And reafon panders will.

Queen. O Hamlet, fpeak no more:

Thou turn'ft mine eyes into my very foul;
And there I fee fuch black and grained fpots,
As will not leave their tinct3.

Ham. Nay, but to live

In the rank fweat of an 4 incestuous bed;
Stew'd in corruption; honying, and making love
Over the nafty ftye;

Queen. O, fpeak to me no more;

Thele words like daggers enter in mine ears;
No more, fweet Hamlet.

Ham. A murderer, and a villain :

A flave, that is not twentieth part the tythe

heat, be faid of bell, that it will mutiny wherever it is quar tered? Though the emendation be elegant, it is not neceffary. JOHNSON 9-mutiny] The old copies read mutine. Shakspeare calls mutineers, mutines, in a fubfequent fcene,

1 -


reafon pauders will. So the folio, I think rightly; but the reading of the quarto is defensible;



reafon pardons will. JOHNSON. -grained-] Dyed in grain. JOHNSON.

3 As will not leave their tine!.] The

quartos read

"As will leave there their tinct." STEEVENS.

4 - incestuous bed ;] lhe folio has enfeamed, that is, greaft bed. JOHNSON.

Beaumont and Fletcher ufe the word infeamed in the fame fenfe, in the third of their Four Plays in One:

"His leachery infeam'd upon him."

In the Book of Haulyng, &c. bl. 1. no date, we are told that "Enfayme of a hauke is the grece."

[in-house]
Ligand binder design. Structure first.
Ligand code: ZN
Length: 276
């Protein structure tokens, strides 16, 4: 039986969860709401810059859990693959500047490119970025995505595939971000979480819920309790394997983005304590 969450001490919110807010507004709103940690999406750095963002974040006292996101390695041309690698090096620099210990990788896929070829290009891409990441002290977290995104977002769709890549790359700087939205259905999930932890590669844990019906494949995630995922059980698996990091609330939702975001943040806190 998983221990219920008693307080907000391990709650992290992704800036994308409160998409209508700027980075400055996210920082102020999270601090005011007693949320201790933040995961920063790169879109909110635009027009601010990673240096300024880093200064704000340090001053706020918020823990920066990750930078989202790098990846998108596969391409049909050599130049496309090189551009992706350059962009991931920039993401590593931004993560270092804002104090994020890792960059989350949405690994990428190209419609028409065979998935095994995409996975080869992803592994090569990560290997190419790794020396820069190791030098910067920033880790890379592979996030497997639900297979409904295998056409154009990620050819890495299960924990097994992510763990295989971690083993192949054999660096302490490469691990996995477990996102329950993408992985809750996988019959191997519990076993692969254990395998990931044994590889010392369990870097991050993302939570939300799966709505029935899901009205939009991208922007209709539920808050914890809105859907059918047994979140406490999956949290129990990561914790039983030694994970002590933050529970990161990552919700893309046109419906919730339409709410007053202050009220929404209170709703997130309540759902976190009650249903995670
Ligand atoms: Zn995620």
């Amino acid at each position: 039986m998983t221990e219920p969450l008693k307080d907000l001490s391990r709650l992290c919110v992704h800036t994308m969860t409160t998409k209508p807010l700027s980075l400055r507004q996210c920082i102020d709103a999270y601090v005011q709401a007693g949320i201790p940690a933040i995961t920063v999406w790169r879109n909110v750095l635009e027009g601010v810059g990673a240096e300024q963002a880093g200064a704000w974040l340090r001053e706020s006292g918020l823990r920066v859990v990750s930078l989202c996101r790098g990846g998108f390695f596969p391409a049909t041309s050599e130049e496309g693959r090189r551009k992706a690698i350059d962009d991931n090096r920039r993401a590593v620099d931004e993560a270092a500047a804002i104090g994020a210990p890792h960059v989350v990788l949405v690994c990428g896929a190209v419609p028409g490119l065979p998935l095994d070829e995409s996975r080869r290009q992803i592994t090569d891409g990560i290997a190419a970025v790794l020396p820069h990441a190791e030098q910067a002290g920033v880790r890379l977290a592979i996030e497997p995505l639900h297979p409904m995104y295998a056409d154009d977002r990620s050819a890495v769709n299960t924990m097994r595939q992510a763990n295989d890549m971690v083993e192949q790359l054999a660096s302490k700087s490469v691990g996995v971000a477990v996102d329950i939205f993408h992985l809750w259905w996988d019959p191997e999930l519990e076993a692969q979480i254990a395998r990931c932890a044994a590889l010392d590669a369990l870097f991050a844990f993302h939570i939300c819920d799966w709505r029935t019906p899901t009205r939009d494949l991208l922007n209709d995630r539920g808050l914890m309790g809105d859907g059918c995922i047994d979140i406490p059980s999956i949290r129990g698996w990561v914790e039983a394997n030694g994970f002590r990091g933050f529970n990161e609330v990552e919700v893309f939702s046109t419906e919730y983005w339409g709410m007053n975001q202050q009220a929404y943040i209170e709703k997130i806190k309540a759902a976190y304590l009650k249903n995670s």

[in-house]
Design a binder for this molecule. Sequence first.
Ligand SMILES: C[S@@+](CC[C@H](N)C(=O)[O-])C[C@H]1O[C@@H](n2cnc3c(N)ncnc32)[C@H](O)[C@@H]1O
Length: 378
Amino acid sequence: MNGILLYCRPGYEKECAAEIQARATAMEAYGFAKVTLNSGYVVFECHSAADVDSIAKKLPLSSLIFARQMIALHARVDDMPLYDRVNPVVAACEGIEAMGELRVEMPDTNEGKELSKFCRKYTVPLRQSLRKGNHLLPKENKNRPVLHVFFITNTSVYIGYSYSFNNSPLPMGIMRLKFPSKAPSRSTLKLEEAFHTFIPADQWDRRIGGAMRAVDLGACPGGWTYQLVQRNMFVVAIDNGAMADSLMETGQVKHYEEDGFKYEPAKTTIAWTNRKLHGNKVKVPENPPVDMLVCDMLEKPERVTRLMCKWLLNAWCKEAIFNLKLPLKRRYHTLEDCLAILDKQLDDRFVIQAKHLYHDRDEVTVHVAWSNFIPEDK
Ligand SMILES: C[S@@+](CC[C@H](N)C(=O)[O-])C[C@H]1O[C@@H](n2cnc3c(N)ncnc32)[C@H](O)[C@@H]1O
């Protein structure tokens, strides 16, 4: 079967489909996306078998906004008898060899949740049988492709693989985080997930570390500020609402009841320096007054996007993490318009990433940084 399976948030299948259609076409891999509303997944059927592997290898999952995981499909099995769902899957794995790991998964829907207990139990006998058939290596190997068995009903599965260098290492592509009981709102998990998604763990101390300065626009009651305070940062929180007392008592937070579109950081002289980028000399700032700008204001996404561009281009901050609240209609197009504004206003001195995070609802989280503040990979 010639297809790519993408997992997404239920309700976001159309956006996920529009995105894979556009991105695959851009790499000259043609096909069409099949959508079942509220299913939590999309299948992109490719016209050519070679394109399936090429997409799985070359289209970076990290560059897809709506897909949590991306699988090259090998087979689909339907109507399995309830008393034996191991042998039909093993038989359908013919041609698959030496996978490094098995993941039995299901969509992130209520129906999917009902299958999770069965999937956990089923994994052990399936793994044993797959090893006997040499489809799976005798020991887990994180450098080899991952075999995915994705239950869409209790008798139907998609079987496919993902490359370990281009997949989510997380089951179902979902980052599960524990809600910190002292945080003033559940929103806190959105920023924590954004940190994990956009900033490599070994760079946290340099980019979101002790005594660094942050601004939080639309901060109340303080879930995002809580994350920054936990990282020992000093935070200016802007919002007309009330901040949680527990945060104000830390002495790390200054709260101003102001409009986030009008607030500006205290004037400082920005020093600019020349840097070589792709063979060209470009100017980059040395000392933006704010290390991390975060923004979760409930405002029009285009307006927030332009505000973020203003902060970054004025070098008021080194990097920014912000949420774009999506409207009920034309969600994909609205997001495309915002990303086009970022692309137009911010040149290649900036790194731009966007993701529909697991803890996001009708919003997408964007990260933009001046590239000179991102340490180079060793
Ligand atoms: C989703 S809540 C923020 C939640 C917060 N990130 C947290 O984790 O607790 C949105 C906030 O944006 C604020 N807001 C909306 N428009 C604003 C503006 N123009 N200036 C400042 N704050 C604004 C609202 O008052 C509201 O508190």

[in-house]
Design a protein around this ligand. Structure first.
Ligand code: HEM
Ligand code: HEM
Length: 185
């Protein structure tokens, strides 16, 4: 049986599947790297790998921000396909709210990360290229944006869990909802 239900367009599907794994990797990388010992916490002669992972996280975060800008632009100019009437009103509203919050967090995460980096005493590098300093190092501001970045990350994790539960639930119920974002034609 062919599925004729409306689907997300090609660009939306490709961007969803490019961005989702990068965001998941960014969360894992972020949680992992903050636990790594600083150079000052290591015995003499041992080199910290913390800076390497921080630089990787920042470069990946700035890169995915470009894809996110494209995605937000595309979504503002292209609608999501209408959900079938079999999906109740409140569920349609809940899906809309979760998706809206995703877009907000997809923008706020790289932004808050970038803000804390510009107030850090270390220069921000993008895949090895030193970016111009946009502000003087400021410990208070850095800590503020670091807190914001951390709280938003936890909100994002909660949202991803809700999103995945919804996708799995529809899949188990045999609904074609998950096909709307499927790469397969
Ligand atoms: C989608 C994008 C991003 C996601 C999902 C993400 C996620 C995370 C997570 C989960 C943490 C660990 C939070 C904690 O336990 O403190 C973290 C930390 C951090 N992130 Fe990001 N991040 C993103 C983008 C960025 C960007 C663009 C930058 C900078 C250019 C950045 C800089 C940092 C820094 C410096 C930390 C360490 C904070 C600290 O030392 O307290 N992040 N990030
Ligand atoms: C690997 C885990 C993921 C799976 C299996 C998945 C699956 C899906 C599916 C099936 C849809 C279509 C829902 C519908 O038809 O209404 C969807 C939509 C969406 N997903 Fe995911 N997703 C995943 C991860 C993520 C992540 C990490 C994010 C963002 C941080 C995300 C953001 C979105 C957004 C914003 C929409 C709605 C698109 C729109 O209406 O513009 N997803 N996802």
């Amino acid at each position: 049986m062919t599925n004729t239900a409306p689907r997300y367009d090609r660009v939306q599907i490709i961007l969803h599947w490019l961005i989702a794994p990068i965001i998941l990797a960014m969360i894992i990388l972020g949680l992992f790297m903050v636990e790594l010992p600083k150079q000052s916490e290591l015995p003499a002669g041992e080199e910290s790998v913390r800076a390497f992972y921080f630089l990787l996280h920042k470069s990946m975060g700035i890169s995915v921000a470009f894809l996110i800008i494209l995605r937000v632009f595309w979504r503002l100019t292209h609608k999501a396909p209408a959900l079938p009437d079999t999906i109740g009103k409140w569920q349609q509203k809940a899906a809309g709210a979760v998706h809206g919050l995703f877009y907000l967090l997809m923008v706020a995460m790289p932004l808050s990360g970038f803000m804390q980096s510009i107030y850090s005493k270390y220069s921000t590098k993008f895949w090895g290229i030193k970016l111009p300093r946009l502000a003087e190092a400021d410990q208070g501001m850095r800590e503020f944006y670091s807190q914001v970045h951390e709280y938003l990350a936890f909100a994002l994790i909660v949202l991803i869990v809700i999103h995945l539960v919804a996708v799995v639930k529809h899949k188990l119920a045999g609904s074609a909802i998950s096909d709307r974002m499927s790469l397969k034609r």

In moft places it means the greafe or oil with which clothiers befmeaf their wool to make it draw out in fpinning.

Incestuous is the reading of the quarto, 1611. STEEVENS,


Of your precedent lord :-a vice of kings:
A cutpurfe of the empire and the rule;
That from a fhelf the precious diadem ftole,
And put it in his pocket!

Queen. No more.

Enter Ghoft.

Ham. A king of fhreds and patches Save me, and hover o'er me with your wings, You heavenly guards!-What would your gracious figure?

Queen. Alas, he's mad.

Ham. Do you not come your tardy fon to chide,
That, laps'd in time and paffion, lets go by
The important acting of your dread command?
O, fay!

Ghoft. Do not forget: This vifitation
Is but to whet thy almoft blunted purpose.
But, look! amazement on thy mother fits:
O, ftep between her and her fighting foul;
9 Conceit in weakeft bodies ftrongest works;
Speak to her, Hamlet.


[ocr errors]

vice of kings!] A low mimick of kings. The vice is the fool of a farce; from whom the modern punch is descended. .. JOHNSON.

• That from a shelf, &c.] This is faid not unmeaningly, but to fhew, that the ufurper came not to the crown by any glorious villainy that carried danger with it, but by the low cowardly theft of a common pilferer. WARBURTON.

A king of breds and patches: This is faid, pursuing the idea of the vice of kings. The vice was dressed as a fool, in a coat of party-coloured patches. JOHNSON.

your] The folio reads you. HENDERSON.

8 laps'd in time and paffion,-] That, having fuffered time to ip, and paffion to cool, lets go, &c. JOHNSON.

9 Conceit in weakest bodies;] Conceit for ima gination:

So, in the Rape of Lucrece:

"And the conceited painter was fo nice." MALONE.


« VorigeDoorgaan »